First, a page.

About 75% of the time, I am not able to identify the house in their photo as a Sears Home. However, I’m usually able to identify the houses as a kit home from another company (such as Aladdin or Gordon Van Tine or Wardway).
Also – as is typical – some people were puzzled as to why their house wasn’t a match to any of the 370 designs that Sears offered. These folks had grown up hearing that “Grandfather bought the house from the Sears catalog and patiently waited for it to arrive at the train station,” and then went to work building his “Sears House.”
So what’s going on?
You have to begin with a simple question. What is a Sears house?
A Sears house is a kit home, wherein both blueprints and materials were purchased from the Sears Modern Homes catalog during their years of operation; 1908 – 1940.
Sears began selling building supplies in 1895, but they did not sell kit homes until 1908. Building supply catalogs from Sears offered almost everything you needed to build a house, but the first Sears Modern Homes catalog, offering the package deal, did not appear until 1908.
Sears did sell house designs – blueprints – in the early 1900s.
In fact, both Sears and Montgomery Wards promoted and sold an identical 4 x 6-inch booklet titled Practical Homebuilder with 115 different blueprints priced from $2.50 – $8.00, for houses that would cost $500 – $3500 to construct. But these were not Sears Modern Homes or even a precursor to Sears Modern Homes. Practical Homebuilder was created by Frederick Drake & Company and imprinted with the Sears or Wards name on the cover page and sold through their general merchandise catalogs.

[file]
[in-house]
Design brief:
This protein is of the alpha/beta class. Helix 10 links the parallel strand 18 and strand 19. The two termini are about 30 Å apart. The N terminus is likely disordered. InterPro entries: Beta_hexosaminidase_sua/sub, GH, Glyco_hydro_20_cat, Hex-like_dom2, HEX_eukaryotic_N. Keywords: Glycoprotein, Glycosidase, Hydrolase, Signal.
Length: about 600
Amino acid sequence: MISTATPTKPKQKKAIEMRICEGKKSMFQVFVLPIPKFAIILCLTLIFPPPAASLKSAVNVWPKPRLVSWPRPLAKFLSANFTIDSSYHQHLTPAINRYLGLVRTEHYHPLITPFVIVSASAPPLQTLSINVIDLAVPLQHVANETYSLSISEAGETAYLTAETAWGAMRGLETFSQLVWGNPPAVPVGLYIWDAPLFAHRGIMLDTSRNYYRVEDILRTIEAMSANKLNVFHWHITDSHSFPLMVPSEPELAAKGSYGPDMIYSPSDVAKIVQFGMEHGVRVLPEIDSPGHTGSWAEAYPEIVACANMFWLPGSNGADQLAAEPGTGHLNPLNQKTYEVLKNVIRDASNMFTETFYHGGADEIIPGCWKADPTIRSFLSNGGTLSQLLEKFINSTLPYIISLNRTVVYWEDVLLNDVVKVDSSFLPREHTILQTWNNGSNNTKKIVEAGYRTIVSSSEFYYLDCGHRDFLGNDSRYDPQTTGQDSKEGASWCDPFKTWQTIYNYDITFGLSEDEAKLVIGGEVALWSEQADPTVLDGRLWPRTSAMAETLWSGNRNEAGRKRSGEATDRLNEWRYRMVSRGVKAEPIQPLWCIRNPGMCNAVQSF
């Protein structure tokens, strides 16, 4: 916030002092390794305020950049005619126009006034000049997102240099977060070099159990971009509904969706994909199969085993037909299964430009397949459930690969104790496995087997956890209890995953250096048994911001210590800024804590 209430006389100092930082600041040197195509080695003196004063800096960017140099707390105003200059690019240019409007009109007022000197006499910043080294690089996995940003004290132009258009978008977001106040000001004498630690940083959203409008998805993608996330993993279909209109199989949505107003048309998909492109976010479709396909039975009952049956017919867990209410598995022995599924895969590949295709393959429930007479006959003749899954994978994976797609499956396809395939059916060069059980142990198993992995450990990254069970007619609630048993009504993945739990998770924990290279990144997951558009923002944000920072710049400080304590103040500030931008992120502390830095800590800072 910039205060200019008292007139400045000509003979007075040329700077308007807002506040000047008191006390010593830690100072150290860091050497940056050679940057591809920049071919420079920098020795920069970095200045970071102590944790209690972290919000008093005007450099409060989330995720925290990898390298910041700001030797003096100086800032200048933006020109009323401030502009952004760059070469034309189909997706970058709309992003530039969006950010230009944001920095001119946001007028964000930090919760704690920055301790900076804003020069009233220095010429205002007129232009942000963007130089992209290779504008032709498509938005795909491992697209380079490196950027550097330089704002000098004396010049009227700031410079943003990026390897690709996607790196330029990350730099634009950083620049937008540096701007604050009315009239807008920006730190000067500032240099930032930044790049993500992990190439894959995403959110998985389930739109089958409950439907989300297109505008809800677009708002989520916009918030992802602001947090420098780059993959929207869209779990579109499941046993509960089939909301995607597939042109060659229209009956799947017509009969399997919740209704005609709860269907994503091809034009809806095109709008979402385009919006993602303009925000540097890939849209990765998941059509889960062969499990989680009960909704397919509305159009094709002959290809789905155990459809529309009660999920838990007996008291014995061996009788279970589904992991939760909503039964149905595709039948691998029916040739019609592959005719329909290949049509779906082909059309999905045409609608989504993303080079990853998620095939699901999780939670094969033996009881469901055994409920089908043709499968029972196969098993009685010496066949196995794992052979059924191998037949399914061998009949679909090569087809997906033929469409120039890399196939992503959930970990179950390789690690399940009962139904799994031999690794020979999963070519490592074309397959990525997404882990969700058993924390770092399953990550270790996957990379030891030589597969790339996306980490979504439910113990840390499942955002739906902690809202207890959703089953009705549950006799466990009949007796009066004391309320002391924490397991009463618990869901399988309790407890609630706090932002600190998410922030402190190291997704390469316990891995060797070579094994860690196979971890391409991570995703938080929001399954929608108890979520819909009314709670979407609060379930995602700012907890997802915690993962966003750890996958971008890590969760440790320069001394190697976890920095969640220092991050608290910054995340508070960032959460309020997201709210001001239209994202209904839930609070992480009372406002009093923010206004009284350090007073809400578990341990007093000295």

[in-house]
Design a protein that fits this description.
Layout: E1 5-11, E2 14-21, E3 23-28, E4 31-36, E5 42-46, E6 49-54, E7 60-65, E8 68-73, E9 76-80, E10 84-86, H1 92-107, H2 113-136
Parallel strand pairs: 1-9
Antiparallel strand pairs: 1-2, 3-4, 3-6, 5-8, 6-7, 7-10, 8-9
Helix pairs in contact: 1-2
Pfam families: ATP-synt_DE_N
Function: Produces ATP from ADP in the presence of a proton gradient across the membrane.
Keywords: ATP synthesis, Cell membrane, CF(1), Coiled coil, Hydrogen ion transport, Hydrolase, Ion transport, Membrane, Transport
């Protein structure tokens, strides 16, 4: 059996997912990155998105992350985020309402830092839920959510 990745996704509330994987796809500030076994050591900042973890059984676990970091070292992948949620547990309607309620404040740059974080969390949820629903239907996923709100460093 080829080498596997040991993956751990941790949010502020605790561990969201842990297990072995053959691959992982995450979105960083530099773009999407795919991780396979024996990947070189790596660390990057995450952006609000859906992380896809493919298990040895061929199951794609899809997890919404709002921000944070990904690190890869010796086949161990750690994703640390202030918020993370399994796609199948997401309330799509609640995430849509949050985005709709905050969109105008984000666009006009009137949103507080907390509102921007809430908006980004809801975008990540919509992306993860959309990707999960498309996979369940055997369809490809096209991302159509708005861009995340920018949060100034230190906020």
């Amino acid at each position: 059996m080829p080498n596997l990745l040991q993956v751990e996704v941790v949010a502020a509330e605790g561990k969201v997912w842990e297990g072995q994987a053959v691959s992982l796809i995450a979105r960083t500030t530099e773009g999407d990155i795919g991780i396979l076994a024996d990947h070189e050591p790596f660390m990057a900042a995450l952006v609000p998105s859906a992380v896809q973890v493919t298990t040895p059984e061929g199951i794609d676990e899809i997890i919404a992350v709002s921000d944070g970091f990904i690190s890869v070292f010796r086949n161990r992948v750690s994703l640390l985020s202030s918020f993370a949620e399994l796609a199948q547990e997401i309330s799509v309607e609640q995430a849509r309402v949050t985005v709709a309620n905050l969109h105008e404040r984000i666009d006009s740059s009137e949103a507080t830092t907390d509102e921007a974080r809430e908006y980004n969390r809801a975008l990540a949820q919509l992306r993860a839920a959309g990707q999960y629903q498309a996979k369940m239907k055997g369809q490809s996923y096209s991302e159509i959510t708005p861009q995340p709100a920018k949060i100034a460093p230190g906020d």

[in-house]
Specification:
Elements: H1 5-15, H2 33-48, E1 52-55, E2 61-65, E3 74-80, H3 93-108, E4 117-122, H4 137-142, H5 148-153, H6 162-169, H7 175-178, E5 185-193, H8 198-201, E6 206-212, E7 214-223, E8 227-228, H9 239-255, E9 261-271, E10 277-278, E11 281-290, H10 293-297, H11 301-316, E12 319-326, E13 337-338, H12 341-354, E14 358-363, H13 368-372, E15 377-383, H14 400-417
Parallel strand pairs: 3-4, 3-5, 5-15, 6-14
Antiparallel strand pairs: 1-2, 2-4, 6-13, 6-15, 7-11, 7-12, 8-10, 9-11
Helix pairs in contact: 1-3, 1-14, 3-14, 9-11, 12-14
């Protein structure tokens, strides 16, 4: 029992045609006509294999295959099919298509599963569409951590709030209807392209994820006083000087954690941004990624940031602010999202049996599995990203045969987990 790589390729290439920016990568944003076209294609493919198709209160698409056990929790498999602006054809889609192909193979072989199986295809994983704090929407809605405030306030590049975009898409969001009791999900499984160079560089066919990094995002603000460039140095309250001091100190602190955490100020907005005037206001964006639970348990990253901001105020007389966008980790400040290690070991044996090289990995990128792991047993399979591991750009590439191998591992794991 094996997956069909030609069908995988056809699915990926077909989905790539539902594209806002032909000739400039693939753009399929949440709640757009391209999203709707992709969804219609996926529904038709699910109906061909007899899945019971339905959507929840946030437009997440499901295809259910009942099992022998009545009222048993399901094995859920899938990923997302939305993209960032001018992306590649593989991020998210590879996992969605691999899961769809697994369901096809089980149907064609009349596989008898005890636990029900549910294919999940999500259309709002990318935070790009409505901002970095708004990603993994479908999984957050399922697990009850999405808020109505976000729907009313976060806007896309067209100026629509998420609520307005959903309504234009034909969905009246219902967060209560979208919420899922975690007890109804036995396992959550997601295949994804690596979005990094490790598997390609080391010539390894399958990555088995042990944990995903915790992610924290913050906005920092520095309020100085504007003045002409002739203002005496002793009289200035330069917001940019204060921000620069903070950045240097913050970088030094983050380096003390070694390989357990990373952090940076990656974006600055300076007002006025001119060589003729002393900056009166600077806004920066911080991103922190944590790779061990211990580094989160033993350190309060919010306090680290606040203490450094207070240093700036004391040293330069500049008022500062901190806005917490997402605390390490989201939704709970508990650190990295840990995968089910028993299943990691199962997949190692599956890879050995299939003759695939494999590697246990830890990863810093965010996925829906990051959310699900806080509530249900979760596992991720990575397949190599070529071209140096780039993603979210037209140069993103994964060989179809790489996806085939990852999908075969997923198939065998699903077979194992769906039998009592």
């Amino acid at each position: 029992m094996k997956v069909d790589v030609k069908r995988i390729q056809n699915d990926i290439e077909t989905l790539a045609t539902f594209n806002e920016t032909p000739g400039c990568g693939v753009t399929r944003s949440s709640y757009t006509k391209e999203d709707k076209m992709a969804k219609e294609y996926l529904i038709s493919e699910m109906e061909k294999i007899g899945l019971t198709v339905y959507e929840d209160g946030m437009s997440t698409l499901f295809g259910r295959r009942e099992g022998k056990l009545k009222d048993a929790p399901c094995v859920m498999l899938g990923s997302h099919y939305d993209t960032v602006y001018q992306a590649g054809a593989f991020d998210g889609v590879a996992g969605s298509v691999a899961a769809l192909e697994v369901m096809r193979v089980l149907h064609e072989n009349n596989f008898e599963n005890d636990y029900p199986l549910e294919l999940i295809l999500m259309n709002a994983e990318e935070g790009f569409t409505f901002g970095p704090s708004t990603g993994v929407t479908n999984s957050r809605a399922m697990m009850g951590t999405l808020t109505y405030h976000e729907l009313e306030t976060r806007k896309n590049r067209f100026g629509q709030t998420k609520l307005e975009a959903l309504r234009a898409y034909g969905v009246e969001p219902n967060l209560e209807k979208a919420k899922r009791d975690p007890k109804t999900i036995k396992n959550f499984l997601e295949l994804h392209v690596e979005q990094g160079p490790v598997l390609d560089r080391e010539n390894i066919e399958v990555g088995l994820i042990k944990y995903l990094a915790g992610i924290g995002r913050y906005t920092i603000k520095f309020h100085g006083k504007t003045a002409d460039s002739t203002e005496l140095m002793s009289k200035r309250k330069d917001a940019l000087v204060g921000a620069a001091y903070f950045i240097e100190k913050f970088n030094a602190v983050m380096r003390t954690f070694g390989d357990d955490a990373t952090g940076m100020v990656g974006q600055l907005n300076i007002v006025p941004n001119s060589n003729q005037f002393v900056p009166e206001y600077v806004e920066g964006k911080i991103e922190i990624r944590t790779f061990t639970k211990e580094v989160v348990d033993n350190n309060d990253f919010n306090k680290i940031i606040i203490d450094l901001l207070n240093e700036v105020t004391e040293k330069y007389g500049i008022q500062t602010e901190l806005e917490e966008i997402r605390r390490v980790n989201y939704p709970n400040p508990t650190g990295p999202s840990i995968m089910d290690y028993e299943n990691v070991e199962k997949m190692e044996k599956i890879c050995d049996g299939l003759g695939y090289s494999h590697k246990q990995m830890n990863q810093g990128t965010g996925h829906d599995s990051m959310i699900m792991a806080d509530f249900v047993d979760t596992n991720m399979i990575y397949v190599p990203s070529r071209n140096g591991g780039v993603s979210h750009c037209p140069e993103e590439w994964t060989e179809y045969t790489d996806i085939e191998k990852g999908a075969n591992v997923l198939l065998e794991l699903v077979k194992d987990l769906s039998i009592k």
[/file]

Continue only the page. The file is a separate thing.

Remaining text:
I suspect that – in many cases – “Grandfather” purchased his blue prints from the Practical Homebuilder booklet (imprinted with the Sears Roebuck name and logo), and then ordered all his lumber from the Sears Building Materials Catalog, and then waited for his “Sears House” to arrive.
Again, to be a true “Sears House,” both blueprints and (at least some of the) building materials should have been purchased from the Sears Modern Homes catalog between 1908-1940. If any one of those three elements are missing: Blueprints, building materials or timing (1908-1940), it’s not a true Sears kit home.
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